We are here to say that every child has a mother and a father and that every child deserves the care, support, and love of both his parents. We are here to say that women deserve better than abortion, that every abortion harms not only the child but also his mother and his father. We are here to reject the idea that anyone in our society is better off because we allow this killing.

We are here to say that the continued killing of human beings in the womb undermines our country’s founding principles. It undermines our commitment to natural rights, to justice, and to equality.

We can and we will work towards a just, equitable, decent society that does not build its progress on the graves of millions of unborn children. No true justice, no true equality, no true progress can rest on the killing of innocents.

Three decades ago, Pope St. John Paul II visited Denver for World Youth Day. More than 800,000 people from a hundred countries came to this city to hear him. I want to share with you this morning some of what he said at the mass he celebrated at Cherry Creek State Park here in Denver thirty years ago.

“This marvelous world,” the Pope said, “is the theater of a never-ending battle being waged for our dignity and identity as free, spiritual beings. The father of lies relentlessly tries to eradicate from human hearts the sense of gratitude and respect for the original, extraordinary and fundamental gift of God: human life itself.”

“Death battles against Life,” he said, “a ‘culture of death’ seeks to impose itself on our desire to live, and live to the full. In our own century,” he went on, “as at no other time in history, the ‘culture of death’ has assumed a social and institutional form of legality to justify the most horrible crimes against humanity: genocide, ‘final solutions,’ ‘ethnic cleansings,’ and the massive taking of lives of human beings even before they are born.”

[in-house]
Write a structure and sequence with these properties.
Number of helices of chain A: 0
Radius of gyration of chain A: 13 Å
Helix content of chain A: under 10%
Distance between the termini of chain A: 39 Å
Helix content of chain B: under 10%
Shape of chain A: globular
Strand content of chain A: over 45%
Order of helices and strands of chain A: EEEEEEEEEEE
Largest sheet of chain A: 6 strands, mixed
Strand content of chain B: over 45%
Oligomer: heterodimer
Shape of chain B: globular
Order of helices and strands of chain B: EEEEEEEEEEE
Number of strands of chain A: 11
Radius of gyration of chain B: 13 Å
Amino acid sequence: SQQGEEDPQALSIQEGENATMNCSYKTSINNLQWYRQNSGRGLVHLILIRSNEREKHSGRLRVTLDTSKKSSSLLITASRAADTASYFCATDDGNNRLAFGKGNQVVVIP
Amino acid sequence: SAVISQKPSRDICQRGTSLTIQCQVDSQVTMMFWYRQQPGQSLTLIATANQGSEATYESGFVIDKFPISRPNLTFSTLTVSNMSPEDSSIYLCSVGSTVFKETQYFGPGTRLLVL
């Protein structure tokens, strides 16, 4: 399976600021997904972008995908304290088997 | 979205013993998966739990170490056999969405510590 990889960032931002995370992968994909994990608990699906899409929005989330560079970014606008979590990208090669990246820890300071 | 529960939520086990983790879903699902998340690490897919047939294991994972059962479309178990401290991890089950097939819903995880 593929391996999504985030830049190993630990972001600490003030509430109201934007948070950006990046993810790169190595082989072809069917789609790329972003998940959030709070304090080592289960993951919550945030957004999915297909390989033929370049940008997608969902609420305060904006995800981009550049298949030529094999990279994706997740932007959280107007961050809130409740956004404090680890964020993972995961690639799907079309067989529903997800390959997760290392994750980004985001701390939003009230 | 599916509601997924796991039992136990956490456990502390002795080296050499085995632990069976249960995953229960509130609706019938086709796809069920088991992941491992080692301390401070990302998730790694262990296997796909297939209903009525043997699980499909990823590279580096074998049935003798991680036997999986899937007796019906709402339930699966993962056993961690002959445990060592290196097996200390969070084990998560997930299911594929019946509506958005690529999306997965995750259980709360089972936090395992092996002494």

But despite this grim depiction, the Pope encouraged his audience here in Denver to fight courageously for the right to life. “Have no fear,” he said. “The outcome of the battle for Life is already decided, even though the struggle goes on against great odds and with much suffering. . . At this stage of history, the liberating message of the Gospel of Life has been put into your hands. . . . Do not be afraid to go out on the streets and into public places . . . It is you who must go out into the byroads and invite everyone you meet to the banquet which God has prepared for his people.”

Perhaps some of you here today are feeling that fear he described. Perhaps we feel like small voices in the wilderness, fighting against insurmountable odds. It is easy to fear sometimes that our efforts aren’t worth it, that this cause of ours might never succeed in our lifetime. But as we go out into the byroads of this city today, witnessing to the dignity of every life, of every man and woman, of every child in the womb, let us remember this powerful message spoken here in Denver by Pope John Paul II thirty years ago: “that Life is more powerful than the forces of death . . .  that Truth is more powerful than darkness, that Love is stronger than death.”

EPPC Fellow Alexandra DeSanctis writes on culture and family issues, with a particular focus on abortion policy and pro-life advocacy, as a member of the Life and Family Initiative.